How it works

The 4% rule is derived from a 1994 study of stock and bond returns from the 1920s through the 1970s. The author of the study concluded that, regardless of the market’s ups and downs, there was no historical scenario under which annual 4% inflation-adjusted withdrawals would exhaust a retirement portfolio in less than 33 years.

To apply the rule, begin by withdrawing 4% of your portfolio in the first year of retirement. For example, if you’ve saved $2 million, you would withdraw $80,000 in the first year. To maintain your purchasing power, you would increase your withdrawals each year to keep pace with inflation. For example, if the inflation rate is 2.5%, you would withdraw $82,000 in year two and $84,050 in year three.

Exclusive use discouraged

Although the 4% rule can be a useful tool, relying on it exclusively may be dangerous. As with all investing rules, the fact that it worked in the past is no guarantee it will work the same way in the future. Today’s low bond interest rates may not even support a 4% withdrawal rate. Interest rates were substantially higher when the rule was established, and some experts believe that a 3% rule may be more realistic.

Also, if your portfolio contains more high-risk investments than the typical portfolio, the rule may not protect you in the event of a significant market downturn. What’s more, people are living longer and retirement periods well over 30 years aren’t uncommon. Planning for a 30-year retirement could leave you short of funds.

Then there’s the risk that a 4% annual withdrawal is less than you can afford and will lead you to miss out on some of the pleasures of retirement. The rule provides some protection against running out of money, but a large percentage of retirees who follow it end up maintaining or even increasing the size of their nest eggs by the end of the 30-year time horizon.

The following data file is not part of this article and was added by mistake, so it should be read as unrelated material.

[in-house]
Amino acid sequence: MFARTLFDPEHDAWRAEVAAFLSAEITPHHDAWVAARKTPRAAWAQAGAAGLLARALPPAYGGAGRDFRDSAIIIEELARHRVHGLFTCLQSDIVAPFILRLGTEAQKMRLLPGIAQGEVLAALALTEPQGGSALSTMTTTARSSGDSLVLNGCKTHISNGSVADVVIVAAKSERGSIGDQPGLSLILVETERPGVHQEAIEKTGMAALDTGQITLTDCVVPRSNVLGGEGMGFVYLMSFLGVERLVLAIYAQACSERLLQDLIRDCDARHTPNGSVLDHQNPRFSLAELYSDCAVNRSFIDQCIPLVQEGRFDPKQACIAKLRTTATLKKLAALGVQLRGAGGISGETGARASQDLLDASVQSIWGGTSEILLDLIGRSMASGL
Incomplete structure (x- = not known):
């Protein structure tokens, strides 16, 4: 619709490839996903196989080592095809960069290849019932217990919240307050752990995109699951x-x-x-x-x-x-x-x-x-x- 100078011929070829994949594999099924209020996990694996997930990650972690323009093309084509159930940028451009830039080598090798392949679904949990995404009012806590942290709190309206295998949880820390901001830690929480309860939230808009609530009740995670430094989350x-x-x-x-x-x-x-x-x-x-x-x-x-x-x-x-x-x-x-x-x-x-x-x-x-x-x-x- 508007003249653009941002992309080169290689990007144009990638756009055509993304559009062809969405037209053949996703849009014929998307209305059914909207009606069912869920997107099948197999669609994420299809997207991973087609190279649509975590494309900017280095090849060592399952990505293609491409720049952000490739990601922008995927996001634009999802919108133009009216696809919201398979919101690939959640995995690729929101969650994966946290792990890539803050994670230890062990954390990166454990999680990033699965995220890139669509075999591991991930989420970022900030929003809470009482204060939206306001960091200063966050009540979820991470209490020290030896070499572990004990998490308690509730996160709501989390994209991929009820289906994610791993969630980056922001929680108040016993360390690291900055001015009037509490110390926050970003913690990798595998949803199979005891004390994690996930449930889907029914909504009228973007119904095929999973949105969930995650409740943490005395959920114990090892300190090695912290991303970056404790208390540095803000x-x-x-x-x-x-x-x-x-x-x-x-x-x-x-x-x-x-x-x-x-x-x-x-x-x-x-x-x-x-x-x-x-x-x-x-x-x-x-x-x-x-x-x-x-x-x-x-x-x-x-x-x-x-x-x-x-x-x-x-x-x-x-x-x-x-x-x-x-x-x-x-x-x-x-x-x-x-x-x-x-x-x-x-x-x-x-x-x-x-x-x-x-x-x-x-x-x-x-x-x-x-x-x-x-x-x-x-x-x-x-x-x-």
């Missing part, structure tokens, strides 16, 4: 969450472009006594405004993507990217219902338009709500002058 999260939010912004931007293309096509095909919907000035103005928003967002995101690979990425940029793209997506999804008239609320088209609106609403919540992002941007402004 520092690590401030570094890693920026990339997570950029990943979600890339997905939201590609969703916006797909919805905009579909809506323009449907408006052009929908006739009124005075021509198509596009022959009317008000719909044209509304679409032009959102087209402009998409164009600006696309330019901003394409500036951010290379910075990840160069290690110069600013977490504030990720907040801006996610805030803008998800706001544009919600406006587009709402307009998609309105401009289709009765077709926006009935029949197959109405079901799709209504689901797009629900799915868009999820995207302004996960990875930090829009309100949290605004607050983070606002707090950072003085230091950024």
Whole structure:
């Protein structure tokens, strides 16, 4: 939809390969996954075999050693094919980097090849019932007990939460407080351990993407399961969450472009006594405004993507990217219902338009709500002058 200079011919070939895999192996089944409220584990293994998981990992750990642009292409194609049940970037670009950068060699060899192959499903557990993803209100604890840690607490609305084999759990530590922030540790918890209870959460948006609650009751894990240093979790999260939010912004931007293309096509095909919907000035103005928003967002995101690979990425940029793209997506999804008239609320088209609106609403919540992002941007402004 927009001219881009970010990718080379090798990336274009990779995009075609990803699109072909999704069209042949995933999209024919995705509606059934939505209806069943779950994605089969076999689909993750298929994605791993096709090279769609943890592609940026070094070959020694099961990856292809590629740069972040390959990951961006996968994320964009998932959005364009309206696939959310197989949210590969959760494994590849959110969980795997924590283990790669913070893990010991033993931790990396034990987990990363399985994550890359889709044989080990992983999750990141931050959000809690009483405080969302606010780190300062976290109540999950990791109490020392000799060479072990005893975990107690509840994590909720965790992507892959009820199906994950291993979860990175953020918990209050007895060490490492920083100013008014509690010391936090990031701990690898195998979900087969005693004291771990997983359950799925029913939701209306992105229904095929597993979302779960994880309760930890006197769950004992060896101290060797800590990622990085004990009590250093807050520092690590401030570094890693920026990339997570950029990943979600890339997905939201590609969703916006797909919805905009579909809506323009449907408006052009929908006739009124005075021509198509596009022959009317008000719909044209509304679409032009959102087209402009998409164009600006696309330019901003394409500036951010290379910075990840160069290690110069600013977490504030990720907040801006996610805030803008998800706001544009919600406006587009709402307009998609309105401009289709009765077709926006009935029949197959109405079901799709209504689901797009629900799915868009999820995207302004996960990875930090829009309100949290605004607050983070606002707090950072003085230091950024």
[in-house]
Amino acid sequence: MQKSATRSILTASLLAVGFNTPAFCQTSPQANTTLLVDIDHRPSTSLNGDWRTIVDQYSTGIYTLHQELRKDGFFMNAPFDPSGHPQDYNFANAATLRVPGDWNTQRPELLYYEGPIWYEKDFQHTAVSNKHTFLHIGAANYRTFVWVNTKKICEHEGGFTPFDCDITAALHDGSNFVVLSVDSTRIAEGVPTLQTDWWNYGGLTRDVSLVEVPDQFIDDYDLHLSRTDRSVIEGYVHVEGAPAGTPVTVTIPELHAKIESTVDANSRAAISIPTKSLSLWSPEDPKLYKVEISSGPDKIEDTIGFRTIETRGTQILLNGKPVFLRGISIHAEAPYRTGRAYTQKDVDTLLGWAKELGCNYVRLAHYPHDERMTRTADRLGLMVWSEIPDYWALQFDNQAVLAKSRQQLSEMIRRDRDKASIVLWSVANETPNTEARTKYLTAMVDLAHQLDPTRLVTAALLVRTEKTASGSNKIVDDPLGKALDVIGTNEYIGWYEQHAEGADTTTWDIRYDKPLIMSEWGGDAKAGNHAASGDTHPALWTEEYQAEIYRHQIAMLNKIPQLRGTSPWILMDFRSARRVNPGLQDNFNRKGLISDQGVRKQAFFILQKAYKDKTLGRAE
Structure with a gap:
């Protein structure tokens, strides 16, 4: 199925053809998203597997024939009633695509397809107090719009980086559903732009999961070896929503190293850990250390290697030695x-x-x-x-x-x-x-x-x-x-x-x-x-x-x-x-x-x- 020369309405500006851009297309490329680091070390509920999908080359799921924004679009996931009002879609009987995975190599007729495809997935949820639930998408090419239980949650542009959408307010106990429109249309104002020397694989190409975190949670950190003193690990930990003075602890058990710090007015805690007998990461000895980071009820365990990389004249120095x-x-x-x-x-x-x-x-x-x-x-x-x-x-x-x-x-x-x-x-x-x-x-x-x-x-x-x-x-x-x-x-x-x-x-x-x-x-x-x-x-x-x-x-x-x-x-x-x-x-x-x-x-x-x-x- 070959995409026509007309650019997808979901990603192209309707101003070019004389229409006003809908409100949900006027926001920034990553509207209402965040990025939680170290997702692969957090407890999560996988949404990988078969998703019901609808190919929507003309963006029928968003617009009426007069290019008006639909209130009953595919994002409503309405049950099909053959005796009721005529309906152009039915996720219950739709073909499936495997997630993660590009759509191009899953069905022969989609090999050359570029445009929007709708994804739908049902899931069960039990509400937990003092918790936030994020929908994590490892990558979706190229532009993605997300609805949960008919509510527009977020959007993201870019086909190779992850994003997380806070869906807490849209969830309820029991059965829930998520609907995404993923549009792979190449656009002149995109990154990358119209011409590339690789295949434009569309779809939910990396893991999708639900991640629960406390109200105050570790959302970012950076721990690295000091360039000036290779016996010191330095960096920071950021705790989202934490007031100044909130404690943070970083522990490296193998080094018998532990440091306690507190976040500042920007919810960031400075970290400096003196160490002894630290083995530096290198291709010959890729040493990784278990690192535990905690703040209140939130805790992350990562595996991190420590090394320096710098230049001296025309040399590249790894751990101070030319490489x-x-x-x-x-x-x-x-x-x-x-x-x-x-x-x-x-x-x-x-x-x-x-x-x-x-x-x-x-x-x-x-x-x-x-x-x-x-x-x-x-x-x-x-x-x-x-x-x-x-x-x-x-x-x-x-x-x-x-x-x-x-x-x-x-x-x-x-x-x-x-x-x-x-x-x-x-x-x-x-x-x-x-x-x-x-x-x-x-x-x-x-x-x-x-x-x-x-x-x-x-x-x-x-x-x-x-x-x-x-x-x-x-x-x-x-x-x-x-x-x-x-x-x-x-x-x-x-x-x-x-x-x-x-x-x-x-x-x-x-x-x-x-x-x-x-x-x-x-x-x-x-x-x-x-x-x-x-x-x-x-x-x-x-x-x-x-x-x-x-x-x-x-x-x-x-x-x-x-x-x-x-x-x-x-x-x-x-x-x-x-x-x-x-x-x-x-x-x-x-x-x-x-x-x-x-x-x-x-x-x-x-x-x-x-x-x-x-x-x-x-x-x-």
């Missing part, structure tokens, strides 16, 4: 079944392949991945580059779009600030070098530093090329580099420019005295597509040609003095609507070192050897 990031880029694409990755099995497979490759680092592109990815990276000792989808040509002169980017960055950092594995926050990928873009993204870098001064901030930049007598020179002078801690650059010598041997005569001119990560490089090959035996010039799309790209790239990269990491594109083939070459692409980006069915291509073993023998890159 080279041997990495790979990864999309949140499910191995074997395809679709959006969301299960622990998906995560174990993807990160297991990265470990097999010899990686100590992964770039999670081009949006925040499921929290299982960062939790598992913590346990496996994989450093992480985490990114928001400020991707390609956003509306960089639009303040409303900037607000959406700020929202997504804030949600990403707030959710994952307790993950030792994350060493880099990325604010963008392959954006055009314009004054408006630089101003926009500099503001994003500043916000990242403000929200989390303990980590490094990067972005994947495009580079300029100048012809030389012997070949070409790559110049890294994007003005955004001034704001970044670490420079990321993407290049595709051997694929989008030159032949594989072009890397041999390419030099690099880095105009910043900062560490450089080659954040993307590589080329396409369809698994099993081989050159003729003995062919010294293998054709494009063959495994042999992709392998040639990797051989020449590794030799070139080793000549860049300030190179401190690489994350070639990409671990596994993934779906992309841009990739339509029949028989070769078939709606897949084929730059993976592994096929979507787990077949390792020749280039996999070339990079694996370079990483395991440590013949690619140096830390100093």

Better solution

So think of the 4% rule as a guideline. You might withdraw 4% the first year and then re-evaluate the lasting power of your savings annually. Talk to your financial advisor about a withdrawal strategy that takes into account your unique circumstances.


06_21_21_102284864_SBTB_560x292.jpg

August 1, 2021by admin

As we continue to come out of the COVID-19 pandemic, you may be traveling again for business. Under tax law, there are a number of rules for deducting the cost of your out-of-town business travel within the United States. These rules apply if the business conducted out of town reasonably requires an overnight stay.

Note that under the Tax Cuts and Jobs Act, employees can’t deduct their unreimbursed travel expenses through 2025 on their own tax returns. That’s because unreimbursed employee business expenses are “miscellaneous itemized deductions” that aren’t deductible through 2025.

However, self-employed individuals can continue to deduct business expenses, including away-from-home travel expenses.

Here are some of the rules that come into play.

Transportation and meals

The actual costs of travel (for example, plane fare and cabs to the airport) are deductible for out-of-town business trips. You’re also allowed to deduct the cost of meals and lodging. Your meals are deductible even if they’re not connected to a business conversation or other business function. The Consolidated Appropriations Act includes a provision that removes the 50% limit on deducting eligible business meals for 2021 and 2022. The law allows a 100% deduction for food and beverages provided by a restaurant. Takeout and delivery meals provided by a restaurant are also fully deductible.